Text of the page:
Funny and beautifully structured to create anticipation and suspense, with lush moments of romance and a surprisingly sturdy...

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THE FLAMENCO ACADEMY

The author of five previous novels (The Yokota Officers Club, 2001, etc.) that center around romance, friendship, career, art, motherhood and personal appearance here writes compellingly of a love triangle.

The ménage à trois consists of best friends Didi and Rae, and the hunky hypoteneuse they fall for—Tomás, a flamenco guitarist. The setting is the American southwest, and the style is an incongruous but successful blend of the flippant and ultra-gorgeous romantic. The outrageous Didi, for example, describes the bonnet-wearing adherents of a cultish religion that Rae’s mother joins as “Amish wannabes.” Elsewhere, a besotted character describes Tomás by saying, “He is air and rain and golddust and all others are mud.” Rae is a shy, studious pale blonde; Didi is flamboyant, sexy, self-absorbed, ambitious and assured. The two meet when their fathers, dying of cancer, visit the same oncologist. Their mothers cope badly with their husbands’ deaths, and the girls have only each other. Their friendship is the strongest and best-realized portion of the novel. Didi is magnetic—the cool friend who idles through her shift at the Pup y Taco while sitting on an overturned bucket, pulls the best finds from the thrift-store rack, charges into the hotel rooms of rock musicians. A telling moment comes when Rae bumps into the lonely, drab girl who was her high-school lab partner and thinks that “was the fate Didi saved me from.” In gratitude, Rae shoulders all the work of their relationship, while Didi reaps the benefits; the reader can anticipate what will happen when Rae meets the sexiest man either has ever encountered. For Tomás’s sake, both women study flamenco, the bitter, staccato gypsy art. The story concludes not with blood and tragedy but the stuff bestsellers are made of.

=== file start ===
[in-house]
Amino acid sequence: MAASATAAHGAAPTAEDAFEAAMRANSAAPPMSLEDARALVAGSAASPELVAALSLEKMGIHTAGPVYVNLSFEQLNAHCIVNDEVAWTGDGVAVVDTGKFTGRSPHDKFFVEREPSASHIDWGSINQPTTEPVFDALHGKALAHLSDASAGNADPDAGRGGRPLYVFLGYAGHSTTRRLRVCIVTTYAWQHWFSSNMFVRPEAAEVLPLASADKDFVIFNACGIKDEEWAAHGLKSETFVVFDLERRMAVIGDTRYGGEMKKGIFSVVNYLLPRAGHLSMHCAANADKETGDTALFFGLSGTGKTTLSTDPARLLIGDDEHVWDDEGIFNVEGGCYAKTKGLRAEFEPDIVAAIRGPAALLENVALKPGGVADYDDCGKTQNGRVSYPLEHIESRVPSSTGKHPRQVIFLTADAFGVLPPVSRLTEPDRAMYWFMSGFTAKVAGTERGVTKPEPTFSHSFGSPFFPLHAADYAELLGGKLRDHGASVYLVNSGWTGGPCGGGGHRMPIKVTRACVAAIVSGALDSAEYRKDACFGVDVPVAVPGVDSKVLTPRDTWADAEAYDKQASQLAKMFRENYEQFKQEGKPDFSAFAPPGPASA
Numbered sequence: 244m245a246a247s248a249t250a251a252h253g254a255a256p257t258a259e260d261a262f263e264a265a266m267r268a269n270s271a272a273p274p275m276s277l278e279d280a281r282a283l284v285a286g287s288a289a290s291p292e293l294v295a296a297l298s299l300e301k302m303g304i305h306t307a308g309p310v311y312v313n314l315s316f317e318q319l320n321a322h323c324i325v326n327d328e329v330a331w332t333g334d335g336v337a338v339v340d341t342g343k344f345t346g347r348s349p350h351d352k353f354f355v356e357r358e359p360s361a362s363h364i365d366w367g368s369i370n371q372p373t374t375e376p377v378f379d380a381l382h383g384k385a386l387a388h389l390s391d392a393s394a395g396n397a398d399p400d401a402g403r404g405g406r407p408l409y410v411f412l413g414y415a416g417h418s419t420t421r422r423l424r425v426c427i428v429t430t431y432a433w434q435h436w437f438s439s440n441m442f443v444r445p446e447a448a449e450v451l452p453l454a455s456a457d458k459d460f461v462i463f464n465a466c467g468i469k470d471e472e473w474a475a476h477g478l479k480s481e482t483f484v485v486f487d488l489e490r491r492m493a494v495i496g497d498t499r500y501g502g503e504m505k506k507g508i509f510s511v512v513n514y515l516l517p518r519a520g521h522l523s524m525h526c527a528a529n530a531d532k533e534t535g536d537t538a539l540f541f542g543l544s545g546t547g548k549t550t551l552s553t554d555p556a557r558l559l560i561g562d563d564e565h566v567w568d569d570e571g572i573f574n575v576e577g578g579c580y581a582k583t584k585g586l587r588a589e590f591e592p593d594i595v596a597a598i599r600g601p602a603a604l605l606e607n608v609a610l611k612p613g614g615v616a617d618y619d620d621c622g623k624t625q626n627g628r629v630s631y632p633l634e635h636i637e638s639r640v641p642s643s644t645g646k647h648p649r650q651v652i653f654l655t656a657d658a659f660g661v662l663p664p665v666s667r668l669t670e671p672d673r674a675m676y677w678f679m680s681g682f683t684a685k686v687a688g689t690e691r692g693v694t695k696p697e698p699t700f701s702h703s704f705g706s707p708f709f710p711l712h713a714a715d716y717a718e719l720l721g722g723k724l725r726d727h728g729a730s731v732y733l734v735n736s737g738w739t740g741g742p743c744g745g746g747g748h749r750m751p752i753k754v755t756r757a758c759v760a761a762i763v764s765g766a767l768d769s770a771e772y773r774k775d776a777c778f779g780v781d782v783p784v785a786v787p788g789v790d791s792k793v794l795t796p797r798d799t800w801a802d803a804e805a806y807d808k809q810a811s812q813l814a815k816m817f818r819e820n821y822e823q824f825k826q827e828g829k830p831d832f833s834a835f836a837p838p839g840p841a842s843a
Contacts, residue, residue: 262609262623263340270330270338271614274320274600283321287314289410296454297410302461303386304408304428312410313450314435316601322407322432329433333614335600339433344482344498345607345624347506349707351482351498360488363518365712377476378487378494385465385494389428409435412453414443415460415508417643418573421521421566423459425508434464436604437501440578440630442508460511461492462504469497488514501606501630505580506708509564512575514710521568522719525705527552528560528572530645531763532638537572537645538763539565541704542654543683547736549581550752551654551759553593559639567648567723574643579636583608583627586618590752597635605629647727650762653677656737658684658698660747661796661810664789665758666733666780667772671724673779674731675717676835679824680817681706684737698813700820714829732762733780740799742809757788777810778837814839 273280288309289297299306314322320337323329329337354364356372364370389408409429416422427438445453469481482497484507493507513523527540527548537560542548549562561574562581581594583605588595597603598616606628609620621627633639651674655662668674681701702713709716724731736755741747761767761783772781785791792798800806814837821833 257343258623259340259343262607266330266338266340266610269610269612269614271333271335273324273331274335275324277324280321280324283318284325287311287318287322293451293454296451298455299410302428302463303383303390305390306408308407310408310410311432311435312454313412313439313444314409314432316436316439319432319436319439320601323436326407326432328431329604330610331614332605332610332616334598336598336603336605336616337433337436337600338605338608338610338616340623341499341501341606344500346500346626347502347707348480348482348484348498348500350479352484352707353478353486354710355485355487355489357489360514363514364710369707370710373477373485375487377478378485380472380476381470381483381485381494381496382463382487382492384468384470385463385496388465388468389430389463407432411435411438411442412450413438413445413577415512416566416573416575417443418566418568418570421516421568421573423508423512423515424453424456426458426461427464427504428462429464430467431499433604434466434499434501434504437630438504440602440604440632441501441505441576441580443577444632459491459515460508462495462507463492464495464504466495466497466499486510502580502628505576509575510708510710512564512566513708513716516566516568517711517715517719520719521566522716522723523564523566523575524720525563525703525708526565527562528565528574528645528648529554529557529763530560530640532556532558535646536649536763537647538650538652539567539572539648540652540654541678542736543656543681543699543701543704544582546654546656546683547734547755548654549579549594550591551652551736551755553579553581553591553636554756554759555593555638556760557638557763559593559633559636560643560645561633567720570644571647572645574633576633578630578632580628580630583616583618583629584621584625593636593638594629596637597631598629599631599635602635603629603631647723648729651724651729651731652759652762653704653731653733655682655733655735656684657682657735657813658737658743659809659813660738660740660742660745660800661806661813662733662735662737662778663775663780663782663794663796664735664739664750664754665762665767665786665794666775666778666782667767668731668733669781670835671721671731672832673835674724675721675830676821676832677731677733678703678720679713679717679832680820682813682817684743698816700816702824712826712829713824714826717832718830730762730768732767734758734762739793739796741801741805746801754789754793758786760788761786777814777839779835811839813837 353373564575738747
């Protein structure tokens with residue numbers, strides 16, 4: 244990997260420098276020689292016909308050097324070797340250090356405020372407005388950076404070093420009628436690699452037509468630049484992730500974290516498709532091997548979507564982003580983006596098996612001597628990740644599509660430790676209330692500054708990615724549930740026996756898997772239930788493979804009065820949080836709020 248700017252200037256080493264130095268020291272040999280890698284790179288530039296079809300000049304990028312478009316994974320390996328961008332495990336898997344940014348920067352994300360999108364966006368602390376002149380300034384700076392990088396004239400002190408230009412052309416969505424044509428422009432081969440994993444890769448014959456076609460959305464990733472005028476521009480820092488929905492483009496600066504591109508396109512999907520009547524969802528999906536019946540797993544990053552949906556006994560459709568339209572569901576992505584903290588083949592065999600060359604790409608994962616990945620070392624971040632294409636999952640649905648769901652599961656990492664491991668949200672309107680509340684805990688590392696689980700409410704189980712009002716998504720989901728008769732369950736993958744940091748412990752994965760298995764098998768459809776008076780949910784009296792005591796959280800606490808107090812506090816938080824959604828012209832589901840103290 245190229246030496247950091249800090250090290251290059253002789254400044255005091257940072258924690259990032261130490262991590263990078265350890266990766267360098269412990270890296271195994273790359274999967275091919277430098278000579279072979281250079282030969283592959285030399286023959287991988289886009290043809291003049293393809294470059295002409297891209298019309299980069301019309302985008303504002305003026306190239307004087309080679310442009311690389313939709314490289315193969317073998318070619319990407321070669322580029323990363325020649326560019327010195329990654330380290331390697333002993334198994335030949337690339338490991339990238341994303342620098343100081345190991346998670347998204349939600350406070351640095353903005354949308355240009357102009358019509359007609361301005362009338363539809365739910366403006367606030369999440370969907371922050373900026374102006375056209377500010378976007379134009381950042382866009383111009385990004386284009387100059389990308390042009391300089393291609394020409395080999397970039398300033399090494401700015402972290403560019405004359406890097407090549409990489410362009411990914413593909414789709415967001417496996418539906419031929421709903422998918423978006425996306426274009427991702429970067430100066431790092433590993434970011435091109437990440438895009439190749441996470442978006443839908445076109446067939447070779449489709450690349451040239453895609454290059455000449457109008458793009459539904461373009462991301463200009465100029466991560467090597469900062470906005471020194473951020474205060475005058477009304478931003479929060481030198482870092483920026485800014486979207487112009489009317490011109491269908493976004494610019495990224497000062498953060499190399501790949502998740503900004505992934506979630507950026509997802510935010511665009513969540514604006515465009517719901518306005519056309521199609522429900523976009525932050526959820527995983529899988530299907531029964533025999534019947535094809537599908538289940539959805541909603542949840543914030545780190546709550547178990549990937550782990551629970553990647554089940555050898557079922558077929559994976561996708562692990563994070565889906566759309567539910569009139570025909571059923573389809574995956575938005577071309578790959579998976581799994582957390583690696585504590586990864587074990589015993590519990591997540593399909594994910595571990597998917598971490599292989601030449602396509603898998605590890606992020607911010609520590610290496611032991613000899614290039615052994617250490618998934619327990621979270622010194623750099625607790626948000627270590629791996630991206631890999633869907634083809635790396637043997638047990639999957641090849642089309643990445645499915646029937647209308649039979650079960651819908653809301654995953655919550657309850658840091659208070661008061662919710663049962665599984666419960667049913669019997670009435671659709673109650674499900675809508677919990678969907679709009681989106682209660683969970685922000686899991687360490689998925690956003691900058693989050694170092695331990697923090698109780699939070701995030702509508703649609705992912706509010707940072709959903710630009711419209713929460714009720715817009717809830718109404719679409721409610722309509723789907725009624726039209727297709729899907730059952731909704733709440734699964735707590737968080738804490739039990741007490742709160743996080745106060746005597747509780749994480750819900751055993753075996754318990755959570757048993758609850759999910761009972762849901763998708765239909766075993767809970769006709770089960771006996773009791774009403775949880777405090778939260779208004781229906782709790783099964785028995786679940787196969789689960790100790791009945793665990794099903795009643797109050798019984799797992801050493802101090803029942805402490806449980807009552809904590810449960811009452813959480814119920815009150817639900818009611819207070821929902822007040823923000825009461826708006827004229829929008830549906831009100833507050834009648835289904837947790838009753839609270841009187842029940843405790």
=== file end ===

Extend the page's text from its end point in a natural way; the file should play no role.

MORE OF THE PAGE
Funny and beautifully structured to create anticipation and suspense, with lush moments of romance and a surprisingly sturdy backbone.

Pub Date: June 8, 2006

ISBN: 1-4000-4084-1

Page Count: 400

Publisher: Knopf

Review Posted Online: May 20, 2010

Kirkus Reviews Issue: May 15, 2006

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Kin “[find] each other’s lives inscrutable” in this rich, sharp story about the way identity is formed.

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THE VANISHING HALF

Inseparable identical twin sisters ditch home together, and then one decides to vanish.